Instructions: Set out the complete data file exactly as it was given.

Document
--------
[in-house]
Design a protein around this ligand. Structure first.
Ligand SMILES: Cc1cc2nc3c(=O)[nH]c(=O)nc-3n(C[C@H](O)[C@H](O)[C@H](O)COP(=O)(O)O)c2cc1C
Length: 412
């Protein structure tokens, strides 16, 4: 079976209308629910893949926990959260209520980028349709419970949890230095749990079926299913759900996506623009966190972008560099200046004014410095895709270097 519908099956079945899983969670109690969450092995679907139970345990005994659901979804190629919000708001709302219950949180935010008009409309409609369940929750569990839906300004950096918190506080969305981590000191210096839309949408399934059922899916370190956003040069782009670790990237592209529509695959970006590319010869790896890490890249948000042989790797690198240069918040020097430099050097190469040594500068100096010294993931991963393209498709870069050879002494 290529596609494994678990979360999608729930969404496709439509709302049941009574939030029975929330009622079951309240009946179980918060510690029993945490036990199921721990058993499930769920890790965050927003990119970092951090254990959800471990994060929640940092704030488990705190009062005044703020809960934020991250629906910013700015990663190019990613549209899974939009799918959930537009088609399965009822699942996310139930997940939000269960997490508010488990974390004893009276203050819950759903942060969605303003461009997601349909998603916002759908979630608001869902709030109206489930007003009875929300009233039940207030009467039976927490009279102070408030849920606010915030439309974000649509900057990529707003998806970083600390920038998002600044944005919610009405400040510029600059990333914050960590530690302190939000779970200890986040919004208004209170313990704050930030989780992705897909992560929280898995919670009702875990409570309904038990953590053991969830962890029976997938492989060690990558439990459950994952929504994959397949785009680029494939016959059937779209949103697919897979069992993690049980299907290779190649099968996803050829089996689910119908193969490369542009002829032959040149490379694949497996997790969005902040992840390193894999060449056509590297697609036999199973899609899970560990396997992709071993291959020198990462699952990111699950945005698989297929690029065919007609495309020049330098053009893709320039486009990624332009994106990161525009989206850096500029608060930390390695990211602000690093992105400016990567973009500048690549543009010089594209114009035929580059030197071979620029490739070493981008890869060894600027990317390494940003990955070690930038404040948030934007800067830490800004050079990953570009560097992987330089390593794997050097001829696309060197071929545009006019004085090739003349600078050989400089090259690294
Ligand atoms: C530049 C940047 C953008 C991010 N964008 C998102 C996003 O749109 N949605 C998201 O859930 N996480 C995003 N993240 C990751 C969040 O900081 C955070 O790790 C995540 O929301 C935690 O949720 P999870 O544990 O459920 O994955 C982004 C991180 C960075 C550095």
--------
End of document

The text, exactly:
[in-house]
Design a protein around this ligand. Structure first.
Ligand SMILES: Cc1cc2nc3c(=O)[nH]c(=O)nc-3n(C[C@H](O)[C@H](O)[C@H](O)COP(=O)(O)O)c2cc1C
Length: 412
């Protein structure tokens, strides 16, 4: 079976209308629910893949926990959260209520980028349709419970949890230095749990079926299913759900996506623009966190972008560099200046004014410095895709270097 519908099956079945899983969670109690969450092995679907139970345990005994659901979804190629919000708001709302219950949180935010008009409309409609369940929750569990839906300004950096918190506080969305981590000191210096839309949408399934059922899916370190956003040069782009670790990237592209529509695959970006590319010869790896890490890249948000042989790797690198240069918040020097430099050097190469040594500068100096010294993931991963393209498709870069050879002494 290529596609494994678990979360999608729930969404496709439509709302049941009574939030029975929330009622079951309240009946179980918060510690029993945490036990199921721990058993499930769920890790965050927003990119970092951090254990959800471990994060929640940092704030488990705190009062005044703020809960934020991250629906910013700015990663190019990613549209899974939009799918959930537009088609399965009822699942996310139930997940939000269960997490508010488990974390004893009276203050819950759903942060969605303003461009997601349909998603916002759908979630608001869902709030109206489930007003009875929300009233039940207030009467039976927490009279102070408030849920606010915030439309974000649509900057990529707003998806970083600390920038998002600044944005919610009405400040510029600059990333914050960590530690302190939000779970200890986040919004208004209170313990704050930030989780992705897909992560929280898995919670009702875990409570309904038990953590053991969830962890029976997938492989060690990558439990459950994952929504994959397949785009680029494939016959059937779209949103697919897979069992993690049980299907290779190649099968996803050829089996689910119908193969490369542009002829032959040149490379694949497996997790969005902040992840390193894999060449056509590297697609036999199973899609899970560990396997992709071993291959020198990462699952990111699950945005698989297929690029065919007609495309020049330098053009893709320039486009990624332009994106990161525009989206850096500029608060930390390695990211602000690093992105400016990567973009500048690549543009010089594209114009035929580059030197071979620029490739070493981008890869060894600027990317390494940003990955070690930038404040948030934007800067830490800004050079990953570009560097992987330089390593794997050097001829696309060197071929545009006019004085090739003349600078050989400089090259690294
Ligand atoms: C530049 C940047 C953008 C991010 N964008 C998102 C996003 O749109 N949605 C998201 O859930 N996480 C995003 N993240 C990751 C969040 O900081 C955070 O790790 C995540 O929301 C935690 O949720 P999870 O544990 O459920 O994955 C982004 C991180 C960075 C550095």